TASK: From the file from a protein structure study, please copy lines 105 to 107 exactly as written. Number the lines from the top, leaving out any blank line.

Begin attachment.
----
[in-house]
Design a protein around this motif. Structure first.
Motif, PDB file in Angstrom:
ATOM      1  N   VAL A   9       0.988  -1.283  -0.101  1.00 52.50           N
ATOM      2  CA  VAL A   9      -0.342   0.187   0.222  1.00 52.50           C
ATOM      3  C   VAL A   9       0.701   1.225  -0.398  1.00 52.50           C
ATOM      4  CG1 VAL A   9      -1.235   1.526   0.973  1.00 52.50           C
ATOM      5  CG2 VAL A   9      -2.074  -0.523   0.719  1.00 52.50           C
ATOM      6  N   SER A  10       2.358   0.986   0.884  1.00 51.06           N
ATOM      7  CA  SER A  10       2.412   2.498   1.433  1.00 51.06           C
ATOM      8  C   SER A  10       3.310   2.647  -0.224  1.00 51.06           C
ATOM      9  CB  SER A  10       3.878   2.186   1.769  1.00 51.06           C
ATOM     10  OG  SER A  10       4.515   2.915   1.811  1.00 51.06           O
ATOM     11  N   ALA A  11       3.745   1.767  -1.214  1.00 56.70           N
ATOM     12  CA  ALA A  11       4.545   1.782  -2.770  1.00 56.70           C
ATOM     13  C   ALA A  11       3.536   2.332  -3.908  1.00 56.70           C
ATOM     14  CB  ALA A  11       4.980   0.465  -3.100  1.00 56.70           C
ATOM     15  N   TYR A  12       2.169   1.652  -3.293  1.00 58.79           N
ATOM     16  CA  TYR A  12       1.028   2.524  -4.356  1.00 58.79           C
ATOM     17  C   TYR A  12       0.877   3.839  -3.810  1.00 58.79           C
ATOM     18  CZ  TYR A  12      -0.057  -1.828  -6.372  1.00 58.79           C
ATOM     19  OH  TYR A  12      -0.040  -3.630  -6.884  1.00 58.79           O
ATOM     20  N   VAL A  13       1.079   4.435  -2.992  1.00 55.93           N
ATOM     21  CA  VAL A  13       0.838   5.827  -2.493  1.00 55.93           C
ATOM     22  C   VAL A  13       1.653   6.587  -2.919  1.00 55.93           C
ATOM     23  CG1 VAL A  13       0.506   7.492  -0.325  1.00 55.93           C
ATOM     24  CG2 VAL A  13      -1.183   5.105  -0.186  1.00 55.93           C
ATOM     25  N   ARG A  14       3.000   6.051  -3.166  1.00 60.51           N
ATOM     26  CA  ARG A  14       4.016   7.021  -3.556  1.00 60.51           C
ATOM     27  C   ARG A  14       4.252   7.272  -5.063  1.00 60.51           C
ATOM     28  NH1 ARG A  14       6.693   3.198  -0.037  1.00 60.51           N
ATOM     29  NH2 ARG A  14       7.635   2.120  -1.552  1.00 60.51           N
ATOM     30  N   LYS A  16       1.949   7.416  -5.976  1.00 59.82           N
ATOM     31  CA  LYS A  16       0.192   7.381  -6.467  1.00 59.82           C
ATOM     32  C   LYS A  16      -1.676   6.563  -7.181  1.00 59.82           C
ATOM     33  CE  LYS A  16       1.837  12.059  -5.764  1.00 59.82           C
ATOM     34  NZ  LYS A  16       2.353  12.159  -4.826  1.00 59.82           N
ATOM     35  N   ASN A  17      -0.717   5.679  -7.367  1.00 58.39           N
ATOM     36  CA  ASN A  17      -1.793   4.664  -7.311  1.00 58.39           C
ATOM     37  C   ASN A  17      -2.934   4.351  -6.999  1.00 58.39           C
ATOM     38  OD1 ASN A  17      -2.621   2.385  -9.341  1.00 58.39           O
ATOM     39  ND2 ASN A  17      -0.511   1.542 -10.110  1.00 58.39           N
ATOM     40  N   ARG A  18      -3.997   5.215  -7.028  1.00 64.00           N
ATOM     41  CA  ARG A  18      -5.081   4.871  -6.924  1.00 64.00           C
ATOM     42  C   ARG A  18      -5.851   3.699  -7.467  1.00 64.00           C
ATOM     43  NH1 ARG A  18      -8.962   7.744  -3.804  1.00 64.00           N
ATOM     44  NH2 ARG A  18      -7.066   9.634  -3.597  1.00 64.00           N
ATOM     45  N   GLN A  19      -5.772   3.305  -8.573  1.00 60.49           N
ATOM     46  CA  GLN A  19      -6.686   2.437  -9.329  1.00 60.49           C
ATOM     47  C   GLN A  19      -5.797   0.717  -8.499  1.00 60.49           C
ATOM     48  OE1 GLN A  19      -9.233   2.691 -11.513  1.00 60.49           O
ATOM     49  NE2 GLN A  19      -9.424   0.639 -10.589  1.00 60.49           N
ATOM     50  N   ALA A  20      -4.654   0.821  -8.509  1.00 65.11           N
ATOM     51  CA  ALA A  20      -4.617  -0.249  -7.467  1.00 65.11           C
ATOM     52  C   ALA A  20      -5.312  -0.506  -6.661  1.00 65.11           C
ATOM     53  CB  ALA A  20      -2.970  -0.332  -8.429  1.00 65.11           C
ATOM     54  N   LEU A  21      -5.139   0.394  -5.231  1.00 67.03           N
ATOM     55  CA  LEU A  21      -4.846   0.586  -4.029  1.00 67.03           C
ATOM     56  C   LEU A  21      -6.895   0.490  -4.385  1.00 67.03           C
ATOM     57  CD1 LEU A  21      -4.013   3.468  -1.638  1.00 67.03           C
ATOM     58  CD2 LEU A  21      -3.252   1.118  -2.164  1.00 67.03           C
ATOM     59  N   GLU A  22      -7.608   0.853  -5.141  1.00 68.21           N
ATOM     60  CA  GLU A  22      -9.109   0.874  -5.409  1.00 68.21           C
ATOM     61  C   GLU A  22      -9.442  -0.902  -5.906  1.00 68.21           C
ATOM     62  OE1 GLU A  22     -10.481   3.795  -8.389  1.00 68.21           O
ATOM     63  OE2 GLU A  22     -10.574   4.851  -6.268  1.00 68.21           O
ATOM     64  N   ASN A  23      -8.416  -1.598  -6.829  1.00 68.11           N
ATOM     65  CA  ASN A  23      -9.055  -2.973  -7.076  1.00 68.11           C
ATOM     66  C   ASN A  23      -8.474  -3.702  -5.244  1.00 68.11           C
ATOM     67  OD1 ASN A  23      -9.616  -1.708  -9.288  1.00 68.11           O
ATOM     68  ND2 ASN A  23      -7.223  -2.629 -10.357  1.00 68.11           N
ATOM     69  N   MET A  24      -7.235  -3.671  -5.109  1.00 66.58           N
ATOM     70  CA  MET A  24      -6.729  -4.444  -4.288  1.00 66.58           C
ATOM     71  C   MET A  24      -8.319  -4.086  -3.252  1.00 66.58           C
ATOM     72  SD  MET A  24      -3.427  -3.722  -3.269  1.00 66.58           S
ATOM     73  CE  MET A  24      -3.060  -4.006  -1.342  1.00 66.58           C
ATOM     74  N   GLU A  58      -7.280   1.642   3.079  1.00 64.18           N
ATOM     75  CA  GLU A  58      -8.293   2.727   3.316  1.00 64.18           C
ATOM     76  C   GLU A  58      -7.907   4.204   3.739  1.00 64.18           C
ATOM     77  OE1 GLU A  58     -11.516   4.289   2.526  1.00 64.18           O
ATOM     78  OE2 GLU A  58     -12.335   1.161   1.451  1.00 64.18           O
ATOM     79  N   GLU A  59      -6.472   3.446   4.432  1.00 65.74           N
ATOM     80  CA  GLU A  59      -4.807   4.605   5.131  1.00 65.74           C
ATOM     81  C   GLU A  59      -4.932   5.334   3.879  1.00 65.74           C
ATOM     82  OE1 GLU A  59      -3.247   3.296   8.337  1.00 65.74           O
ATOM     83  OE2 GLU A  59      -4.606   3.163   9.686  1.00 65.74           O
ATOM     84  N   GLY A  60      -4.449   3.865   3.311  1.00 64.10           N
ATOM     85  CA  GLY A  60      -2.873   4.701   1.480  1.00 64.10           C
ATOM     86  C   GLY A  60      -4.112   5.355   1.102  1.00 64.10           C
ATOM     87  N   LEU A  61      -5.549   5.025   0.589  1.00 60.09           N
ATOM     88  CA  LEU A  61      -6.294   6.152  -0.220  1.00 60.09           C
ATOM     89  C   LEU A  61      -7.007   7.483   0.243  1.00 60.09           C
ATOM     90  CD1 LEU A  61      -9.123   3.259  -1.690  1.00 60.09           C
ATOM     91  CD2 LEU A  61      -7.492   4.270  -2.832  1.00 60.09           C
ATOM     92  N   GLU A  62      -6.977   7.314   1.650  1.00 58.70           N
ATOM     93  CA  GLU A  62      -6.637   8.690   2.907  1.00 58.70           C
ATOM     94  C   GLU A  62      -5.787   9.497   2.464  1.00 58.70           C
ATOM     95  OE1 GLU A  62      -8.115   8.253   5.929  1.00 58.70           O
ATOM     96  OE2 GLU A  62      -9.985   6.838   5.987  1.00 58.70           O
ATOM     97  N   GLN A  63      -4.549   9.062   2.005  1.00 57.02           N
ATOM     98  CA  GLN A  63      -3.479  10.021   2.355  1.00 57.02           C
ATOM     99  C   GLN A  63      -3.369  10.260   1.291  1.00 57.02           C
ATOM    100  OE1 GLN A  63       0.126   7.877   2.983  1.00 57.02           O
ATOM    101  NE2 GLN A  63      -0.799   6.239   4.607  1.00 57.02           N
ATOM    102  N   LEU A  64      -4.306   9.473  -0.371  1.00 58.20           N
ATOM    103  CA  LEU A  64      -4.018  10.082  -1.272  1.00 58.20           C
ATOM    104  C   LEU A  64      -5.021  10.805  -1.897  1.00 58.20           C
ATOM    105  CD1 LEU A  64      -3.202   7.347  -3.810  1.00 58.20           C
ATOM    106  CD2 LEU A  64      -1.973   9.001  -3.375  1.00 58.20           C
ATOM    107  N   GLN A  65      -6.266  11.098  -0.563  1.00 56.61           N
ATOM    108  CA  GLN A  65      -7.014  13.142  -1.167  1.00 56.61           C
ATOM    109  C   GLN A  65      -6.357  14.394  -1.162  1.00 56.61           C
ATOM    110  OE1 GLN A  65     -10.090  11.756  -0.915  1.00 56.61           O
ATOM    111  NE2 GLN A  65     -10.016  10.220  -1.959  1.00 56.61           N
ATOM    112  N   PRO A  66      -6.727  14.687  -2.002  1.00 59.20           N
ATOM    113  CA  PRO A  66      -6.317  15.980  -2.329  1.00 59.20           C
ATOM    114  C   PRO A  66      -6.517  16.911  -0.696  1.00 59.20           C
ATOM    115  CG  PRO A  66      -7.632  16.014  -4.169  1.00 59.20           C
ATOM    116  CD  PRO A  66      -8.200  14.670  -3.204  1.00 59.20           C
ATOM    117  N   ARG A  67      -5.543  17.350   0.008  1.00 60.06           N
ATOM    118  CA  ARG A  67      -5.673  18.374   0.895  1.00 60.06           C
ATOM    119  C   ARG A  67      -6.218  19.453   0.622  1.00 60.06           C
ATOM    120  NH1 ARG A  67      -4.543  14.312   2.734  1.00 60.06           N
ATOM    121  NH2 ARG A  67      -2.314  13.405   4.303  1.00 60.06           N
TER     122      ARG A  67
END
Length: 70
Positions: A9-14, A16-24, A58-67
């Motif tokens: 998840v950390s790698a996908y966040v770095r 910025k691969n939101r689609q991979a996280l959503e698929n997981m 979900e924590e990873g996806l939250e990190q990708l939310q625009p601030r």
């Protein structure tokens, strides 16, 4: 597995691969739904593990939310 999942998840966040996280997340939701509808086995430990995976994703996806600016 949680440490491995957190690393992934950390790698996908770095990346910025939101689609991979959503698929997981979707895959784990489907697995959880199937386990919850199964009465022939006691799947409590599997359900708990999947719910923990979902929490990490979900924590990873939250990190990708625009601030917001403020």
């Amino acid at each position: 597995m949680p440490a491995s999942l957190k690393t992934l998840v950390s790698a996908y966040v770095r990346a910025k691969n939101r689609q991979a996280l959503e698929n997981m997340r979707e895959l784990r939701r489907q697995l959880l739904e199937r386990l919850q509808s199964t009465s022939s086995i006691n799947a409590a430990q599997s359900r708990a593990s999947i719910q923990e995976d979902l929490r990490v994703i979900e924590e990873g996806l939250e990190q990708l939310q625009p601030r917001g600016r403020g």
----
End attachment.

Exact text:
ATOM    102  N   LEU A  64      -4.306   9.473  -0.371  1.00 58.20           N
ATOM    103  CA  LEU A  64      -4.018  10.082  -1.272  1.00 58.20           C
ATOM    104  C   LEU A  64      -5.021  10.805  -1.897  1.00 58.20           C